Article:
According to a new survey from national statistics keeper Danmarks Statistik, almost half of the people in attendance at the annual political festival Folkemødet on Bornholm over the weekend believe democracy has weakened in the country over the past ten years.
The survey found that 46 percent believe that Danish democracy has become weaker, while just 10 percent think it’s improved. Some 41 percent said it had remained the same.
In terms of local democracy, 73 percent felt they had little or no influence on the development of the town they lived in, while 54 percent said they wanted more influence on the development of the town.
The query regarding the state of democracy in Denmark was among 27 issues asked by Danmarks Statistik during Folkemødet.
The survey also revealed that 38 percent were prepared to save more in their pension to leave the labour force earlier.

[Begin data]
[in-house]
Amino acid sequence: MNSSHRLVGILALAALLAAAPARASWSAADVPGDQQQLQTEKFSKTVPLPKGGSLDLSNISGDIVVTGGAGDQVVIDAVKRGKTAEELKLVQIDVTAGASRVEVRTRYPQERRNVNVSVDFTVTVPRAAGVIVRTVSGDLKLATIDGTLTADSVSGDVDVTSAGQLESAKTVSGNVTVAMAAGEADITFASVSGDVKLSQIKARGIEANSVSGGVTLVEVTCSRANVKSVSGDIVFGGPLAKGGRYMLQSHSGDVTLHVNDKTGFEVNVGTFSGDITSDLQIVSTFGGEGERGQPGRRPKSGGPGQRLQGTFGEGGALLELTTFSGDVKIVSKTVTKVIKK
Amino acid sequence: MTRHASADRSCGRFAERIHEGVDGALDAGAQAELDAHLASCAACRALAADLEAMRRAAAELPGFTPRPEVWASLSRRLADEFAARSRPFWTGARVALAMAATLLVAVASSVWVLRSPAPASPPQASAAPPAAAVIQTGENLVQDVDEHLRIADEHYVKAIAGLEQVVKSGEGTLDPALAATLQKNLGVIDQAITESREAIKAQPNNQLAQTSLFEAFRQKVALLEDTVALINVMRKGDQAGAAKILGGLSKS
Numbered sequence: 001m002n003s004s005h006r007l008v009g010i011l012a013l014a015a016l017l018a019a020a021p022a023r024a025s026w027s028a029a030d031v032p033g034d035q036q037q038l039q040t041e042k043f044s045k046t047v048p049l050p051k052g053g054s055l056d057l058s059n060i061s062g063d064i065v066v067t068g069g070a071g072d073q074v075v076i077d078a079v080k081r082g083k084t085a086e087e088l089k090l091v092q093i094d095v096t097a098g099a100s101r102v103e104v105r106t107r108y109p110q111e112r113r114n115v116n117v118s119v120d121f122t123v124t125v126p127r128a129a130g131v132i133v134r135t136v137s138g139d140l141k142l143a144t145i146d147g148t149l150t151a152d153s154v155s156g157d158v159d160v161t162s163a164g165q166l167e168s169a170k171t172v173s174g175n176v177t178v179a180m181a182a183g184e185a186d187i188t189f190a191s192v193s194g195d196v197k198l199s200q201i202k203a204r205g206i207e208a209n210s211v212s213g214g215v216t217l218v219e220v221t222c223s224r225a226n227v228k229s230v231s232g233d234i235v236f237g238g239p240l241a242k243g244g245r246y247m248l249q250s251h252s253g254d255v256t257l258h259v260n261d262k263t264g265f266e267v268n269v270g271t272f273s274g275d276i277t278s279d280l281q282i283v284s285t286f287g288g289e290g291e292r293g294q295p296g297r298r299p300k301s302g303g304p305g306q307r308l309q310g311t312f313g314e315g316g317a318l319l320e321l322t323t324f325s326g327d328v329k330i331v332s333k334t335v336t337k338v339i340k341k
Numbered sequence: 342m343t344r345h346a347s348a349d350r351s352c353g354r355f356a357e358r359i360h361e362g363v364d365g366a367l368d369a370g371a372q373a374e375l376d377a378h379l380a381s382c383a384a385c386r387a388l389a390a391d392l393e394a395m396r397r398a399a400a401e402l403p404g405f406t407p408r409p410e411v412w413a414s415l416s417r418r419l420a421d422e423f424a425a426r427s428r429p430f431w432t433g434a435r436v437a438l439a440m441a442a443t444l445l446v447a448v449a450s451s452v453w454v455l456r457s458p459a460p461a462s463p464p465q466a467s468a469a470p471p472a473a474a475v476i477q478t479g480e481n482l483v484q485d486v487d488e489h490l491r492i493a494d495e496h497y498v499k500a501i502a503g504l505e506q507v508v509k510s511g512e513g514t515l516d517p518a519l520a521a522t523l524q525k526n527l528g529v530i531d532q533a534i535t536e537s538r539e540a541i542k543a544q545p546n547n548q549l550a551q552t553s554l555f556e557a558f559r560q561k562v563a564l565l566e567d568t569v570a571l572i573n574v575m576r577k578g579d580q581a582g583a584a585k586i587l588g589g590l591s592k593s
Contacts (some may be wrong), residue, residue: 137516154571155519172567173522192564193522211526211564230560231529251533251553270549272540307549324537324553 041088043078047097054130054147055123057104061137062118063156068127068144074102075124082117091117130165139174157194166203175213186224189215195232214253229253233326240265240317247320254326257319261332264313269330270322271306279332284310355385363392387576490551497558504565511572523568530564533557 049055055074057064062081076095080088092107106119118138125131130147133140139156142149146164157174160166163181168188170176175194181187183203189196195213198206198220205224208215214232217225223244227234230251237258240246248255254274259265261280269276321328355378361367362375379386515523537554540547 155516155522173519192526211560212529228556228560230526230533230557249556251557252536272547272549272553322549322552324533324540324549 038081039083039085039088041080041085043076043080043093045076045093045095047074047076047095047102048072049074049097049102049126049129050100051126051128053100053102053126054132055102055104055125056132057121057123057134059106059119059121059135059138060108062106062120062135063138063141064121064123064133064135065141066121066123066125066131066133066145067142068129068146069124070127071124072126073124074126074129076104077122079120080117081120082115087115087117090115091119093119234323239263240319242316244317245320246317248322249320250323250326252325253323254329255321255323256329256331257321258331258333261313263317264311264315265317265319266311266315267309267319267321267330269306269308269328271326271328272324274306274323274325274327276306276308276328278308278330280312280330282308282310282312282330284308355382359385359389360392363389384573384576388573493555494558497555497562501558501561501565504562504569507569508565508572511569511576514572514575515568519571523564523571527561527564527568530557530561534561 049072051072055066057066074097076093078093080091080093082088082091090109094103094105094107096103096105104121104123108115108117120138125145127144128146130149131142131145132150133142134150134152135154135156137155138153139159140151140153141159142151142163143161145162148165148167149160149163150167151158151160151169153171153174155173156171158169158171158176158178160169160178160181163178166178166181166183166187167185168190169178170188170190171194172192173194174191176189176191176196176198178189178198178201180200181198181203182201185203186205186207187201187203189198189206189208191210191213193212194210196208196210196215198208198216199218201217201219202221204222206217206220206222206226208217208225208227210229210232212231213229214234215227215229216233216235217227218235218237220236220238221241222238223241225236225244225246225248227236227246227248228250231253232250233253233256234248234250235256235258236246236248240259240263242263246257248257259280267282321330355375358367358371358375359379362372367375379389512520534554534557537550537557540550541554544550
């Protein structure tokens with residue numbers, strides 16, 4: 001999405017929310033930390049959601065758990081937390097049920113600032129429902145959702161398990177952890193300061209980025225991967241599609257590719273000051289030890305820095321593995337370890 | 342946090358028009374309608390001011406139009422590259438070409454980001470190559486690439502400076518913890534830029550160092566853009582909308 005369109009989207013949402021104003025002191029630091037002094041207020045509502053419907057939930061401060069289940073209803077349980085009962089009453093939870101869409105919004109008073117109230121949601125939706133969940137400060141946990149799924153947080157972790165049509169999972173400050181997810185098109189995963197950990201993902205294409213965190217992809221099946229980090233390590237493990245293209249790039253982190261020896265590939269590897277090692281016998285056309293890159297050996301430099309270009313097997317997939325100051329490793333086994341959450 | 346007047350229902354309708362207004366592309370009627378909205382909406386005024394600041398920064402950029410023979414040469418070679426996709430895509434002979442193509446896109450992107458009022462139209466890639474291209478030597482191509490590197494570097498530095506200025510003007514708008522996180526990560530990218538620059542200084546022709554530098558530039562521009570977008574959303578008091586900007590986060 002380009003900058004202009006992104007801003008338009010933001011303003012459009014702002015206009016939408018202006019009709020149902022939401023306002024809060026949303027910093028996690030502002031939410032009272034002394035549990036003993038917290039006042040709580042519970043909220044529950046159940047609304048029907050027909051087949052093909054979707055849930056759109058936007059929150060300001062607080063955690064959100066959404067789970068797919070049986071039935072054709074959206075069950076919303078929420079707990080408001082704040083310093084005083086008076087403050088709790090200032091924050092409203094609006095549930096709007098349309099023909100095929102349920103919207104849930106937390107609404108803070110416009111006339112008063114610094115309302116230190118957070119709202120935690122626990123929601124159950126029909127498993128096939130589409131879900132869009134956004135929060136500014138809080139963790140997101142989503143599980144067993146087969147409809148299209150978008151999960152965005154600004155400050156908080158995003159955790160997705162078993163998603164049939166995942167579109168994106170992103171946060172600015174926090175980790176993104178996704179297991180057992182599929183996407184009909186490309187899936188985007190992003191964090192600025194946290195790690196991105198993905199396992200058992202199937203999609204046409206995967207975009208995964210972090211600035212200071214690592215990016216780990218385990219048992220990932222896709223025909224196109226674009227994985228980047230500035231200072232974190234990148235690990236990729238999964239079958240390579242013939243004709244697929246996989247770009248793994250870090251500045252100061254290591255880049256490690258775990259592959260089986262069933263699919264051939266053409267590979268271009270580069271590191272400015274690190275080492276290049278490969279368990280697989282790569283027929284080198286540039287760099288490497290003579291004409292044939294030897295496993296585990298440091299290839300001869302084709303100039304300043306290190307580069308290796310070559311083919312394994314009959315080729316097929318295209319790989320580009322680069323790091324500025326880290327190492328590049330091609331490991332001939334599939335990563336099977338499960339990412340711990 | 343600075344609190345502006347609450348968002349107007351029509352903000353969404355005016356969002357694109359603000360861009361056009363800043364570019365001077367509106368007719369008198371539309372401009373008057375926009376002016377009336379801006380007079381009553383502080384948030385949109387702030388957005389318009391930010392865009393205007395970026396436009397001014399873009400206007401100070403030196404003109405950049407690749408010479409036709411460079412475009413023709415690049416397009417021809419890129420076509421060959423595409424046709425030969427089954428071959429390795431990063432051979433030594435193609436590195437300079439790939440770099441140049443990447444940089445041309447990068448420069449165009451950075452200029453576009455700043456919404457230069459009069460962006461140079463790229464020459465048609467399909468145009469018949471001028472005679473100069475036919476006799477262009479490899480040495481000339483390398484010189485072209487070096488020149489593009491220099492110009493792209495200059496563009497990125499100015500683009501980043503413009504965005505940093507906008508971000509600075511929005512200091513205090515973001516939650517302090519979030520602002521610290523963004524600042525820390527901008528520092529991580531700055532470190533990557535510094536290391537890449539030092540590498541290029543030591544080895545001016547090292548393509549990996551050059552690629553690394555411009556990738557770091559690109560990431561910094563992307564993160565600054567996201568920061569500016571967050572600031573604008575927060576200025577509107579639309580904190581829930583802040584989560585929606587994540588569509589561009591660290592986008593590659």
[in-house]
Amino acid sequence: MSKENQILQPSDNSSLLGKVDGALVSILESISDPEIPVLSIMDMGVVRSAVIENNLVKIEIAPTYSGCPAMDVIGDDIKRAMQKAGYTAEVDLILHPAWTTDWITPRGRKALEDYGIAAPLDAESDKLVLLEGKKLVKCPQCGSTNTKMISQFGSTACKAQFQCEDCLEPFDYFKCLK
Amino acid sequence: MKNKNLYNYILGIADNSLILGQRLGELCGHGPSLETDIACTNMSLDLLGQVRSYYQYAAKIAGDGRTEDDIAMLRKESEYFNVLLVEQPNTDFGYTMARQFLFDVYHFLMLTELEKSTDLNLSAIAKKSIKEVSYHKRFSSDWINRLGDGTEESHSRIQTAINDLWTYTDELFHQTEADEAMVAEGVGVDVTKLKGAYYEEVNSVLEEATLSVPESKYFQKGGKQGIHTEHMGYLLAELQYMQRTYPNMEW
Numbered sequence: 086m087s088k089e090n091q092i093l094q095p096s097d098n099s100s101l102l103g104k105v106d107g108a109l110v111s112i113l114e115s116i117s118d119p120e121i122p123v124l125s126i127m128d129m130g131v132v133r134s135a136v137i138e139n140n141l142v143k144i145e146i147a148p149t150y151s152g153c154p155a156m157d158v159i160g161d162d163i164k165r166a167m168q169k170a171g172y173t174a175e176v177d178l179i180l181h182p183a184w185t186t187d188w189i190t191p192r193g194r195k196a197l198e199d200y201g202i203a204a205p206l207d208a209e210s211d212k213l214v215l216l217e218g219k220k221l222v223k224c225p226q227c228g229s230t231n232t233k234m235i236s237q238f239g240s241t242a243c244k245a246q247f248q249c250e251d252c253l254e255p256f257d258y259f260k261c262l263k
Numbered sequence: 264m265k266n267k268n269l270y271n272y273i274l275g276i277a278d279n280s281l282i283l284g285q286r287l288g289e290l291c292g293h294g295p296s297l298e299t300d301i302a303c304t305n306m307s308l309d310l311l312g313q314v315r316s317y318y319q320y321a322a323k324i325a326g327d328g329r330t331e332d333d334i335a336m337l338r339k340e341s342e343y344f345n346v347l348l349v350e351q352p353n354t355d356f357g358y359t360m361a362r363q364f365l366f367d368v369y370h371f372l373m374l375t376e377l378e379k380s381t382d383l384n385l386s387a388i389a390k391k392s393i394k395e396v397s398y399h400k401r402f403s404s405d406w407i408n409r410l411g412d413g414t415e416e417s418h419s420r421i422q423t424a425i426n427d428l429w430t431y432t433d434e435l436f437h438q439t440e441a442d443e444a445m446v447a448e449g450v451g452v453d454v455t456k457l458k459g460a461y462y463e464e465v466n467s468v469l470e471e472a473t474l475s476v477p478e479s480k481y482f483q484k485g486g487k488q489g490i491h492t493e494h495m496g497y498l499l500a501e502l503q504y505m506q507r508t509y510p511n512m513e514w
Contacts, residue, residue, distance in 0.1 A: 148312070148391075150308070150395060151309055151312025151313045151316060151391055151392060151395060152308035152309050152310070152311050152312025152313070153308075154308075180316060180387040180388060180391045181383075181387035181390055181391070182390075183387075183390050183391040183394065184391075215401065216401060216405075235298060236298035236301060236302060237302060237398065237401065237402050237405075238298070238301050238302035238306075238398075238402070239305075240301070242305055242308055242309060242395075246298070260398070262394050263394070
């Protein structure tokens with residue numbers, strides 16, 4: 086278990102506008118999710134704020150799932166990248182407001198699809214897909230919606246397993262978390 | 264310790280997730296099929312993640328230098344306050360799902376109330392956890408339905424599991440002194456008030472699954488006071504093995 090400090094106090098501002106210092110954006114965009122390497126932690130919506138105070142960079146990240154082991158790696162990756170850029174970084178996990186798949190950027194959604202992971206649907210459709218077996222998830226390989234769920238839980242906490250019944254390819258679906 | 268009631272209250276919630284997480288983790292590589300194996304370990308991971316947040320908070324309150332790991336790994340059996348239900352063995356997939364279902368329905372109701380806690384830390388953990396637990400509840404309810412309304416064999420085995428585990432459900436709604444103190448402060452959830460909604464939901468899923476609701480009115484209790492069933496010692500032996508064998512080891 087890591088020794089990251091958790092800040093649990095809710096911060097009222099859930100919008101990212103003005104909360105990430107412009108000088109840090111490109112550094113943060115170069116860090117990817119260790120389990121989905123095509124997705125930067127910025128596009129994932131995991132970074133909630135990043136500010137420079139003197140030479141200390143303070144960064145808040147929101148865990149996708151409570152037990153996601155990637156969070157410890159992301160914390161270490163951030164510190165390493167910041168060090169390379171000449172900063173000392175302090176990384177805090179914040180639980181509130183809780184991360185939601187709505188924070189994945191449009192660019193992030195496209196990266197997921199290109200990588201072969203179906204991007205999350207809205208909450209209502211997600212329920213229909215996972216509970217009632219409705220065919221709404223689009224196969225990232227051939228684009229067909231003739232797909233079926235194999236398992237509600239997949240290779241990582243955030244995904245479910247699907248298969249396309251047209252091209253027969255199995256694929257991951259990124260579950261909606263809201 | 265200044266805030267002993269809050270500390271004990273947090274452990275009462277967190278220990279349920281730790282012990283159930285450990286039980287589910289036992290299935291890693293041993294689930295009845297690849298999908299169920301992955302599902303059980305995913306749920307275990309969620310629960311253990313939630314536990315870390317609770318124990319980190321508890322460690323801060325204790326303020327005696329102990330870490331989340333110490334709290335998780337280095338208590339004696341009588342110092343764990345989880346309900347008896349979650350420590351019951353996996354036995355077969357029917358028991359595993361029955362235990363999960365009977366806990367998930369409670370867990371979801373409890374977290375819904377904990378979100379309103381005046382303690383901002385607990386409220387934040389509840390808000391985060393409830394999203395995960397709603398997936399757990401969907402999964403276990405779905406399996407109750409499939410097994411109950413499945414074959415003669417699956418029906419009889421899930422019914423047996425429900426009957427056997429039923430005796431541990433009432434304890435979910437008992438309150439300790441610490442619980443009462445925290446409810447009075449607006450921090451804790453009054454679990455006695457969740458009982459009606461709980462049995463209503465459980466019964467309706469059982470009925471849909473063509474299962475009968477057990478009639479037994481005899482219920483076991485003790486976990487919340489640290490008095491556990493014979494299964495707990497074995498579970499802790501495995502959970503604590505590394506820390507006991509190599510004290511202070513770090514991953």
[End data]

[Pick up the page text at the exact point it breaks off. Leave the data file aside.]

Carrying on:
Some 77 percent thought it made most sense to support and focus on women when it comes to developing the world’s poorest nations – 85 percent of women thought so compared to 67 percent of men.
The survey also found that 43 percent think not enough is being done for health in the Danish workforce, while psychological illnesses and cancer will present the biggest challenges in the coming years.
And interestingly, 41 percent believe that Folkemødet should move about the country from year to year – and it’s no surprise that it’s north Jutlanders who want that to happen. Most people in the Copenhagen Region want the festival to remain in Bornholm.
As well as local, regional and national politicians, Folkemødet is also extremely popular among lobbyists, NGOs and other organisations anxious to access the high number of decision-makers in one place.